UPTOWN — A shrine to some of the city’s most coveted possessions during the coronavirus outbreak has debuted in Uptown. To find it, you’ll have to keep your head down.
Chicago-based mosaic artist Jim Bachor has created new works in his pothole street art project, with four mosaics taking the place of potholes in Uptown. The new works, located on Gunnison Street just west of Broadway, are meant as lighthearted takes on three things people have stocked up on during the pandemic: toilet paper, hand sanitizer and booze.
The mosaics depict a roll of toilet paper, a bottle of Purell and a can of Old Style, each depicted with halos. Such items have been in limited supply as Americans stocked up amid the pandemic or — as in the case of the beer can — because they’re a product people have relied on for solace during this unprecedented time.
“People are adoring these things, and everyone is drinking more these days,” Bachor said. “It’s a universal thing that everyone can relate to.”
The fourth mosaic depicts a star from the Chicago flag, meant to generate civic pride, Bachor said.
Bachor’s work is based on the ancient style of mosaic art, with bright tiles assembled to depict people and things in a religious or reverent way. In this case, the subject of the art is everyday items and the canvas is an asphalt street. The juxtaposition is meant to bring a smile to passersby and bring art to unexpected places, Bachor said.
The pothole art project began in 2013, starting in Chicago and expanding to 85 mini-mosaics in places like Detroit, Los Angeles, Italy and the Netherlands. Potholes are universal in nature in that they happen in all locations and are despised by drivers everywhere. Bachor likes to fill potholes with images of other universally recognized items, including Cheetos bags and crushed beer cans.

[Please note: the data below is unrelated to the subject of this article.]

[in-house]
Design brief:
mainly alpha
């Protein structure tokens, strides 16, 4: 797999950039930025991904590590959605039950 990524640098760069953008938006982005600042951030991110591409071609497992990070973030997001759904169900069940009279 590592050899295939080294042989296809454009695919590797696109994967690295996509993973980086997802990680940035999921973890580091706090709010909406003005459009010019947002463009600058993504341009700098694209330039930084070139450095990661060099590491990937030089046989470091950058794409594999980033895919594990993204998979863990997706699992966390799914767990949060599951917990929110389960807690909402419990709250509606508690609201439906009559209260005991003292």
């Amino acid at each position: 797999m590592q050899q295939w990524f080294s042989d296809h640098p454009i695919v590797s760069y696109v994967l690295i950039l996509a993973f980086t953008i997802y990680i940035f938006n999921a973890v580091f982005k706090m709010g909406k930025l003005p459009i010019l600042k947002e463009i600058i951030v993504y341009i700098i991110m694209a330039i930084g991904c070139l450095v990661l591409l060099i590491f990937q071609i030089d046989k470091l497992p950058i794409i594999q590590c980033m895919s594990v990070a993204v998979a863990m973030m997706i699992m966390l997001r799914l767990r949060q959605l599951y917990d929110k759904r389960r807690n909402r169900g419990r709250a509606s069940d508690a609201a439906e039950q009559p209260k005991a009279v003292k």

Bachor said he wanted to reference the coronavirus outbreak in a funny, lighthearted way.
“It’s an opportunity for an unexpected grin,” he said. “You see something there and it’s mildly funny.”
For the coronavirus-themed art, Bachor put a call out to friends and fans to tell him of potholes in need of filling. Someone sent a picture of Gunnison Street, where four potholes were clustered together and were the perfect proportions for the mosaics, Bachor said.
This is the first time the pothole mosaics are clustered so closely.
“I’ve always done one one-offs,” Bachor said. “All four were well-defined, and the street seemed relatively stable. I couldn’t do one and leave three potholes there.”
Bachor installed the Uptown pothole art late last week. He was joined by a camera crew from CBS Sunday Morning, which will air a segment on the project.
The installations were fun to work on — even if someone prematurely drove over the Old Style mosaic, damaging it in the process, Bachor said.
“I like being pleasantly surprised in an unexpected way,” he said. “Hopefully this does that.”
For more information on Bachor’s pothole installations, click here.
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